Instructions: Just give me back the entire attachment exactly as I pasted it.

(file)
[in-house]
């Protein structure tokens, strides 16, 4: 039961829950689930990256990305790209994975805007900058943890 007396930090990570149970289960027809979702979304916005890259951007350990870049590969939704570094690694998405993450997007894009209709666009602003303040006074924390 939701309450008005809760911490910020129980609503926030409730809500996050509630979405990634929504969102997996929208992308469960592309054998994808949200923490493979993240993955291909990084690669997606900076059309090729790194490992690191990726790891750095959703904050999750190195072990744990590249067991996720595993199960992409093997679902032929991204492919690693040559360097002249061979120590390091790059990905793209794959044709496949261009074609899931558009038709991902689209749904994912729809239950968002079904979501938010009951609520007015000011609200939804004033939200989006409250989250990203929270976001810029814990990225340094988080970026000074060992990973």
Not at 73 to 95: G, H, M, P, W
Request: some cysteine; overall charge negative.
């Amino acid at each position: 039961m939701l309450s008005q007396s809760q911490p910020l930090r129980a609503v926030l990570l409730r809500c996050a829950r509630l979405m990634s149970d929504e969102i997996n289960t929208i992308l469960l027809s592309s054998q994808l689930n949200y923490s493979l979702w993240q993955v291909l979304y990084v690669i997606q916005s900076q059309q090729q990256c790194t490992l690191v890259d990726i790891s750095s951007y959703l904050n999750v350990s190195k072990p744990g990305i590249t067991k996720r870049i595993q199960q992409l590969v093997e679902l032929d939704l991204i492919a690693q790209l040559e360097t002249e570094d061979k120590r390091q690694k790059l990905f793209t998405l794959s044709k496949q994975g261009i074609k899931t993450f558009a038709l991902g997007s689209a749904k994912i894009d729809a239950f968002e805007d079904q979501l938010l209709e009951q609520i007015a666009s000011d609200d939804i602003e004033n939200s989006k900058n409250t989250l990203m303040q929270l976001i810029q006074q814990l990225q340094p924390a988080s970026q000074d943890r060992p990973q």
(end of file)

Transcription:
[in-house]
């Protein structure tokens, strides 16, 4: 039961829950689930990256990305790209994975805007900058943890 007396930090990570149970289960027809979702979304916005890259951007350990870049590969939704570094690694998405993450997007894009209709666009602003303040006074924390 939701309450008005809760911490910020129980609503926030409730809500996050509630979405990634929504969102997996929208992308469960592309054998994808949200923490493979993240993955291909990084690669997606900076059309090729790194490992690191990726790891750095959703904050999750190195072990744990590249067991996720595993199960992409093997679902032929991204492919690693040559360097002249061979120590390091790059990905793209794959044709496949261009074609899931558009038709991902689209749904994912729809239950968002079904979501938010009951609520007015000011609200939804004033939200989006409250989250990203929270976001810029814990990225340094988080970026000074060992990973």
Not at 73 to 95: G, H, M, P, W
Request: some cysteine; overall charge negative.
């Amino acid at each position: 039961m939701l309450s008005q007396s809760q911490p910020l930090r129980a609503v926030l990570l409730r809500c996050a829950r509630l979405m990634s149970d929504e969102i997996n289960t929208i992308l469960l027809s592309s054998q994808l689930n949200y923490s493979l979702w993240q993955v291909l979304y990084v690669i997606q916005s900076q059309q090729q990256c790194t490992l690191v890259d990726i790891s750095s951007y959703l904050n999750v350990s190195k072990p744990g990305i590249t067991k996720r870049i595993q199960q992409l590969v093997e679902l032929d939704l991204i492919a690693q790209l040559e360097t002249e570094d061979k120590r390091q690694k790059l990905f793209t998405l794959s044709k496949q994975g261009i074609k899931t993450f558009a038709l991902g997007s689209a749904k994912i894009d729809a239950f968002e805007d079904q979501l938010l209709e009951q609520i007015a666009s000011d609200d939804i602003e004033n939200s989006k900058n409250t989250l990203m303040q929270l976001i810029q006074q814990l990225q340094p924390a988080s970026q000074d943890r060992p990973q």